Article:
MichiganNews

Court rules Michigan officers can shoot dogs if they pose “imminent threat”

A court in Michigan has ruled that police officers can shoot dogs that pose an “imminent threat” during the execution of a search warrant.

The federal ruling extends to police officers throughout the country, according to WSBT.

It follows an incident in Battle Creek three years ago where police shot and killed two dogs while searching a home for drugs. Berrien County Chief Deputy Robert Boyce told WSBT that the decision is never made lightly, and an attempt to isolate the animal without harming it is always the objective.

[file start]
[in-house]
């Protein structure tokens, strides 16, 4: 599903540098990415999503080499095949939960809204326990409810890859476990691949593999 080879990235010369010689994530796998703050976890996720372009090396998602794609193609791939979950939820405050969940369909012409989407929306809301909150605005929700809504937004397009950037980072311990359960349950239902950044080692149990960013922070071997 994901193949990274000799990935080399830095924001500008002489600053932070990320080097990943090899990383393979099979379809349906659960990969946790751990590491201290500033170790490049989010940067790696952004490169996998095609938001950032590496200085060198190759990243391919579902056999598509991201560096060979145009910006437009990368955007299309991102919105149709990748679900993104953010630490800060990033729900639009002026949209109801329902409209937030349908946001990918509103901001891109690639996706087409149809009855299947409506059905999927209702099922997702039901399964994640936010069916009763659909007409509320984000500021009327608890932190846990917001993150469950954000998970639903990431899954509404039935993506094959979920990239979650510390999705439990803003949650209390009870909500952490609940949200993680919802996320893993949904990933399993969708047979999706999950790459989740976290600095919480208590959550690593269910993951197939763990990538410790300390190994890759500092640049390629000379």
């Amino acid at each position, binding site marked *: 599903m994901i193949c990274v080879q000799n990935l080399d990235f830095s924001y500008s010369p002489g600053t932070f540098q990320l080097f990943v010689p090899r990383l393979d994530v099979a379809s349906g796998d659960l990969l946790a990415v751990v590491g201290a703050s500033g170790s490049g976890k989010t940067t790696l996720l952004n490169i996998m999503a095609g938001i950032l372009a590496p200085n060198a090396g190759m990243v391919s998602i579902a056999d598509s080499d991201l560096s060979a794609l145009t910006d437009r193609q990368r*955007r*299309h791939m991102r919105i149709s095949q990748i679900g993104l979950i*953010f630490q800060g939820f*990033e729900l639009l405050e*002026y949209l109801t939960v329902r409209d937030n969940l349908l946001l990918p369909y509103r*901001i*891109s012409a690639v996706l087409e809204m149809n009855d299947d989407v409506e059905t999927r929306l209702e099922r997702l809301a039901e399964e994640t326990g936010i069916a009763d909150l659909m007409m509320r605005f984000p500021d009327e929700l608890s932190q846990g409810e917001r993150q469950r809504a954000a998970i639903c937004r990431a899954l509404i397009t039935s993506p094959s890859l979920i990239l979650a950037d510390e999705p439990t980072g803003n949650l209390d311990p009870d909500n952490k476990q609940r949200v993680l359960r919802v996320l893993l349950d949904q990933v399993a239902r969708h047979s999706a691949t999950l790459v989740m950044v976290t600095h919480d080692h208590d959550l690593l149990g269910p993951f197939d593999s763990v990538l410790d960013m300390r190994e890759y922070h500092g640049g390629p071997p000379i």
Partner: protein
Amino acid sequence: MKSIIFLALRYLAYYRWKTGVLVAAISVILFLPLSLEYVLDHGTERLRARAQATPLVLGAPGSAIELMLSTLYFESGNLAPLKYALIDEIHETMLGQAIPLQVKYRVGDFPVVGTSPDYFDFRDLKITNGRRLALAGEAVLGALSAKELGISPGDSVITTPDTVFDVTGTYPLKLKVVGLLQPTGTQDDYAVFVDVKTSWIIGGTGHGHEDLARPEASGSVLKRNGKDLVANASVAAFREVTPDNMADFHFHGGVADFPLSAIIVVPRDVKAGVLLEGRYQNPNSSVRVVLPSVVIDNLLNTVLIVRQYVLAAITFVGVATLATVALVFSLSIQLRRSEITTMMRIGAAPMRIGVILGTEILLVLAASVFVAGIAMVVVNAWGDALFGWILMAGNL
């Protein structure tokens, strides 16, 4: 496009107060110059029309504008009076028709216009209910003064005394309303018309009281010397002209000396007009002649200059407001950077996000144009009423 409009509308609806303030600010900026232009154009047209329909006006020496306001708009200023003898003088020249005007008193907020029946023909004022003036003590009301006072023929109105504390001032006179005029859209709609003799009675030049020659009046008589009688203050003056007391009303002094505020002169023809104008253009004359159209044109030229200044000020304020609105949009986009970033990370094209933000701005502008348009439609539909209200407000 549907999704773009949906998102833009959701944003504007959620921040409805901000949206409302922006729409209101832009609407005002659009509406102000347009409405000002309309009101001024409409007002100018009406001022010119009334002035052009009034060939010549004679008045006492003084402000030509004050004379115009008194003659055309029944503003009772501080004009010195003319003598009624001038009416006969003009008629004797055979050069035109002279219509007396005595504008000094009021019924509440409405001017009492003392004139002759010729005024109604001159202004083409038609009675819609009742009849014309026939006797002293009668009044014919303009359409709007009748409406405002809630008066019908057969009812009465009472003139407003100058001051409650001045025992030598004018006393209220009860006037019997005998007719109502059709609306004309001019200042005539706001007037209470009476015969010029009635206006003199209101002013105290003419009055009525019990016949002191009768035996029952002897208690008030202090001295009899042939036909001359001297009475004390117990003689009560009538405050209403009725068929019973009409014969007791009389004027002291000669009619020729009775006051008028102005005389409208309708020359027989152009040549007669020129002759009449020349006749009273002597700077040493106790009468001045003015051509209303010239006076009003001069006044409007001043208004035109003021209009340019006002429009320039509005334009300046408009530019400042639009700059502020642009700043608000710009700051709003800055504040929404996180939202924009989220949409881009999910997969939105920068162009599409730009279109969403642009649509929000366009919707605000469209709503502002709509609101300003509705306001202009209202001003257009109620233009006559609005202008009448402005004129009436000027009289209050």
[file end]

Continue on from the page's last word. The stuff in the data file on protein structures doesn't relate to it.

Officers undergo specific training in Berrien County to learn how to do just that, similar to training that happens across the country.

Related posts

Organic romaine hearts recalled for E. coli contamination

Brooklyne Beatty

Elkhart county schools report improved test scores

Tommie Lee

The Buckeyes loss is Notre Dame’s gain in the AP college football poll

Associated Press

Leave a Comment